Zimbabwe’s Power Infrastructure Rehabilitation Project nears completion
The ZimFund-funded project will help relieve power outage woes in the country.
With the delivery of a 175 MVA transformer at Sherwood Substation, the Emergency Power Infrastructure Rehabilitation Project (EPIRP II) has reached the last implementation phase. This will relieve thousands of electricity consumers in the Midlands, Mashonaland East and West provinces.
The second phase of the EPIRP received US$22.74 million in funding from the Zimbabwe Multi-Donor Trust Fund (ZimFund). A group of donors created ZimFund in 2010 to support the high-priority recovery and development activities of the Government of Zimbabwe. The African Development Bank was assigned to manage ZimFund with the endorsement of the Zimbabwe Government, the donor community and the United Nations.
The 175 MVA transformer was delivered on Sunday, 10 July, to the Sherwood Substation in Kwekwe Midlands, 200 km west of Harare. The Sherwood substation caters to around 1.2 million people. It is equipped with three 90MVA, 330/88/11kV transformers. This gives the substation a total installed capacity of 270 MVA against a substation demand of 350 MVA. The new transformer will increase the capacity to 445 MVA.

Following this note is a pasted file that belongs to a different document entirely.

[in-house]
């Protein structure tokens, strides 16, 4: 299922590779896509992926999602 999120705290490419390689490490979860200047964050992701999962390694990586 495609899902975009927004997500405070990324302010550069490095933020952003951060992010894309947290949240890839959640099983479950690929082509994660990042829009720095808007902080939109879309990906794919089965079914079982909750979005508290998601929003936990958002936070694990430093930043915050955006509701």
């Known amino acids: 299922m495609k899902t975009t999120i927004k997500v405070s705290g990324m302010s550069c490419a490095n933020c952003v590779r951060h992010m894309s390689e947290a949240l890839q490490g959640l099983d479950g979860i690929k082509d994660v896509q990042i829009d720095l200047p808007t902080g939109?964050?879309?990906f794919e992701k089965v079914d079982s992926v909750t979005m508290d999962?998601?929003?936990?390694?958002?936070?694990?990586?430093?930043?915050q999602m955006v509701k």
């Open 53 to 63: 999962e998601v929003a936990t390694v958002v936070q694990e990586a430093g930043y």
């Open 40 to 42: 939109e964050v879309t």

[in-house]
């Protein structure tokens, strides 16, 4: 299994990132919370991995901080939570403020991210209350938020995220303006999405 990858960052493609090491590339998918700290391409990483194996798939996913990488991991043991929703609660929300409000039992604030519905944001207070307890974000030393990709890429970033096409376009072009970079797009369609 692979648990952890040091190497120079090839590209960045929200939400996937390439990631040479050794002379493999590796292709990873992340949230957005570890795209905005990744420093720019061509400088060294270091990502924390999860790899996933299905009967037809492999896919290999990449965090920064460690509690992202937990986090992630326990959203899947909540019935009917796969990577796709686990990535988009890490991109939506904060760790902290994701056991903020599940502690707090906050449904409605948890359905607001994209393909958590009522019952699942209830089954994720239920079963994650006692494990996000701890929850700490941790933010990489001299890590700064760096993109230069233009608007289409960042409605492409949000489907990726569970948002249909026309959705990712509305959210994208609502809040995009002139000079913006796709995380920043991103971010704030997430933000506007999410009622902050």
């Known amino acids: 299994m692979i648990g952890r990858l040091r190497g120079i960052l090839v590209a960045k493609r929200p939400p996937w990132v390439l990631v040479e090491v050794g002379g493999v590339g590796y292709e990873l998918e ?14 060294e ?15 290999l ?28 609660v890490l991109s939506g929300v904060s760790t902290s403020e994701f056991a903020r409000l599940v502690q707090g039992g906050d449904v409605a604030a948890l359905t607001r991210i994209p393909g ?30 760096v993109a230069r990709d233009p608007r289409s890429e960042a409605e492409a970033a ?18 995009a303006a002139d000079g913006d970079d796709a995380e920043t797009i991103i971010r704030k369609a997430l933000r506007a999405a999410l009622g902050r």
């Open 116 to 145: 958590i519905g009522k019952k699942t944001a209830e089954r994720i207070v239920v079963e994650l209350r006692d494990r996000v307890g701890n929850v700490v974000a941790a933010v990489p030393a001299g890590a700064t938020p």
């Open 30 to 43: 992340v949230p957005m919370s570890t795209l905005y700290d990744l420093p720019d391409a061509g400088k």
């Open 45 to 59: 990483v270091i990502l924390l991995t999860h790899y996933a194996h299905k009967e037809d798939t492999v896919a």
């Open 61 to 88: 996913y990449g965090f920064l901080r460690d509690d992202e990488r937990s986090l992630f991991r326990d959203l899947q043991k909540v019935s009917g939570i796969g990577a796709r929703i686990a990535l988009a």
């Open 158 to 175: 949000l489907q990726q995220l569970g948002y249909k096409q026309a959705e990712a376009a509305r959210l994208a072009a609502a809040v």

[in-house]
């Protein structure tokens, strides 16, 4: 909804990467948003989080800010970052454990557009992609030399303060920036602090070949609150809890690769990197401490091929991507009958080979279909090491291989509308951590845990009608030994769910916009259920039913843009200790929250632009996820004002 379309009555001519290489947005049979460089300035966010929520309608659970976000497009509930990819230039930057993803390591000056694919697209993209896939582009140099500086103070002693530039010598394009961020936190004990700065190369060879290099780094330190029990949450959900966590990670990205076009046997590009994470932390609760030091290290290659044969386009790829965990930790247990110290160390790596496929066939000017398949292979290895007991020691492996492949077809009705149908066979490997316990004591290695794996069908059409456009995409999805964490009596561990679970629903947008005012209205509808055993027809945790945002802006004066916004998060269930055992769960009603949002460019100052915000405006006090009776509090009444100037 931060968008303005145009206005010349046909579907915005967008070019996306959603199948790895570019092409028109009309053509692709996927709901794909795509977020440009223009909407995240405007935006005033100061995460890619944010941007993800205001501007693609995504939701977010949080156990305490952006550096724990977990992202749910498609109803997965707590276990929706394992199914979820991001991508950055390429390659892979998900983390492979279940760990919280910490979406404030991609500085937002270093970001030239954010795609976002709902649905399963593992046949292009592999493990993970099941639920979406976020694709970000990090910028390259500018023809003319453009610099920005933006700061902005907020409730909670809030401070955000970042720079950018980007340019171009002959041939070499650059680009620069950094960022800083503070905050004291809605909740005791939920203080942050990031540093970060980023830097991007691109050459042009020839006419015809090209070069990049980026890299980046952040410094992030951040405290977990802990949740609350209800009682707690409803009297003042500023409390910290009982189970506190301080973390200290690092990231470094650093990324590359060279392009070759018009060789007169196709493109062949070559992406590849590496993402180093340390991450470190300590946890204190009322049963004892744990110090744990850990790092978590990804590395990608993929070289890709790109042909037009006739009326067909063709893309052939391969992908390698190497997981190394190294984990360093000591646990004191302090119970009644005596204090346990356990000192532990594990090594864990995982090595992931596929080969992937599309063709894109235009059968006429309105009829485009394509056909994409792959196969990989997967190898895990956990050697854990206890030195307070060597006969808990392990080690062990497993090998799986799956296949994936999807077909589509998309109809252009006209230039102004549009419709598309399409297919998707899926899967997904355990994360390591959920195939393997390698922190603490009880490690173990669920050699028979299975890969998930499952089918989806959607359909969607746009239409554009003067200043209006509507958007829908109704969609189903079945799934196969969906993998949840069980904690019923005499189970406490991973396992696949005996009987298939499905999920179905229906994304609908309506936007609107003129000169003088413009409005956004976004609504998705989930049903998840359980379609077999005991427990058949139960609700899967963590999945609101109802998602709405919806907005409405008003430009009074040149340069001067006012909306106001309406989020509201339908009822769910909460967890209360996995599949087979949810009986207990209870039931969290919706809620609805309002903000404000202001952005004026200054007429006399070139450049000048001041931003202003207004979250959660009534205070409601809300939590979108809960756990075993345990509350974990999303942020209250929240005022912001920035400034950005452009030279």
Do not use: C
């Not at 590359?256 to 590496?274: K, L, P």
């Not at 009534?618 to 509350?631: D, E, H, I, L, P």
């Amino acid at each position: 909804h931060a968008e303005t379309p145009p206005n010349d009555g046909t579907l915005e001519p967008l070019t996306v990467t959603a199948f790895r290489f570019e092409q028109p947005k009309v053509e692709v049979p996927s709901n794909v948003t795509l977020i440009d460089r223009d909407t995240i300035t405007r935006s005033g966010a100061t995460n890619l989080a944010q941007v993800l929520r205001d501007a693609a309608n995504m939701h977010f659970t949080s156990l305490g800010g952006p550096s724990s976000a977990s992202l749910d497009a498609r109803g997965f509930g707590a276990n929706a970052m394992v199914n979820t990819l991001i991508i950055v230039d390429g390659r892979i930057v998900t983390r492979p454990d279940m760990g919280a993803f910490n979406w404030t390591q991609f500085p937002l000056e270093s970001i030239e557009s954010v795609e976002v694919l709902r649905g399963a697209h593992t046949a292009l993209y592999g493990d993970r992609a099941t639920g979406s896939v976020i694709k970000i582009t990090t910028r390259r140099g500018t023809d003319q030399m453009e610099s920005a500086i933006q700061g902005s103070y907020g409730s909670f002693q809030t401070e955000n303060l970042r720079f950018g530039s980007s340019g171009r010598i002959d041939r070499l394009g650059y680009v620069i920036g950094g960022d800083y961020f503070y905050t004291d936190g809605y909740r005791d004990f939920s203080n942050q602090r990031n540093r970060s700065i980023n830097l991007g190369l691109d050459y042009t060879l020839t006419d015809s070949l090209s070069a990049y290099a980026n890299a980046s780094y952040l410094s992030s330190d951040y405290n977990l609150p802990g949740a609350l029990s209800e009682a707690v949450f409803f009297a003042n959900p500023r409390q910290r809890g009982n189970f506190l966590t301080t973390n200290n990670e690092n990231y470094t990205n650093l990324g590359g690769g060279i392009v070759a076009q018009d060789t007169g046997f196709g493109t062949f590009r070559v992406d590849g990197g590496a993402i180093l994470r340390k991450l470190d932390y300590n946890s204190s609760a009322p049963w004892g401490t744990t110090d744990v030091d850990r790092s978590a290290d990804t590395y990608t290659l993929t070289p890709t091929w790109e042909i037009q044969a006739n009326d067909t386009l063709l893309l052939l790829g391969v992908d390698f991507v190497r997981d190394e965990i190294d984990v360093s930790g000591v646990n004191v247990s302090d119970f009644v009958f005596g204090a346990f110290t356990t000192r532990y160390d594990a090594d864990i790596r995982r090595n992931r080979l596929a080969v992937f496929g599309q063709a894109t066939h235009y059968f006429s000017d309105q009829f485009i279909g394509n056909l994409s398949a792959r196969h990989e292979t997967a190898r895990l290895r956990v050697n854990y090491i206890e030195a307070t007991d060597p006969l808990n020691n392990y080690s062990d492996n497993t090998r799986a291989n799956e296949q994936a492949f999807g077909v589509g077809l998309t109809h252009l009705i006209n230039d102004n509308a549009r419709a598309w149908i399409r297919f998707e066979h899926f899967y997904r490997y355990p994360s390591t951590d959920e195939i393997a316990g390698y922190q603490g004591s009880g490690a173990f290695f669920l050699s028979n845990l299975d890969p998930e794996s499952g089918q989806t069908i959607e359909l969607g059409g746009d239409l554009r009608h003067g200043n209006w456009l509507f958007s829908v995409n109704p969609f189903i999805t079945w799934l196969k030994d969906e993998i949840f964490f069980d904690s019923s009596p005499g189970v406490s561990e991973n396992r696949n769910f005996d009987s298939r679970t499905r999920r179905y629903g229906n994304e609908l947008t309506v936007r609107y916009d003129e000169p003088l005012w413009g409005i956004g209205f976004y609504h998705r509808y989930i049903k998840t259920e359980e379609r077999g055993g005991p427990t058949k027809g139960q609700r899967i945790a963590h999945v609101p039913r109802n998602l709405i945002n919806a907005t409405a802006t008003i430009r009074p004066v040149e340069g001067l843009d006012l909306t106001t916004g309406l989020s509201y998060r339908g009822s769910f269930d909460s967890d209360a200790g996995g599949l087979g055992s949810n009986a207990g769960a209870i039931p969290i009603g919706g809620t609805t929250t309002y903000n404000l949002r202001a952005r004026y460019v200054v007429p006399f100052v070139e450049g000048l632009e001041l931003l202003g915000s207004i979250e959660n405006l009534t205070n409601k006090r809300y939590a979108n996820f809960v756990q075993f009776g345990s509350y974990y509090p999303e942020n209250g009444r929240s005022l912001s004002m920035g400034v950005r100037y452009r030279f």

EPIRP II was designed to improve electricity availability by rehabilitating generation, transmission, and distribution facilities. The target areas were Kwekwe, Gweru, Bulawayo, Mutare, Harare, and Hwange, with a targeted population of five million people.
Engineering professional services consulting firm WSP undertook the role of Implementing Entity on the project, on behalf of the government of Zimbabwe. The Power team from WSP in Africa is providing consultancy and project management services throughout the EPIRP lifecycle: from project scoping, development of technical specifications and tender stage management to design management, construction supervision and final handover.
Dinesh Buldoo, WSP Power MD, said that the transformer delivery was a key milestone in the project as it was the largest piece of equipment in the project scope. He said, “The project faced delays exacerbated by the Covid-19 pandemic, especially on the production and shipping lines. We would like to thank the Zimbabwe Electricity Distribution Company (ZETDC) and the people of Zimbabwe for their patience throughout this project.”
The project’s first phase concluded in 2016, with more than 529,768 people in residential areas having their sewage reticulation serviced by reliable power. Eleven thousand six hundred and thirty-two others were restored to the electricity network and 11,097 were added to the network, the African Development Bank said.
Most of ZimFund's rehabilitated substations supply power to critical institutions such as hospitals, schools and universities, water and sewage treatment plants, mines, and other public facilities.
Top Photo: 175 MVA transformer installed by ZimFund at Sherwood Substation in Kwekwe Midlands Province, Zimbabwe (afdb.org)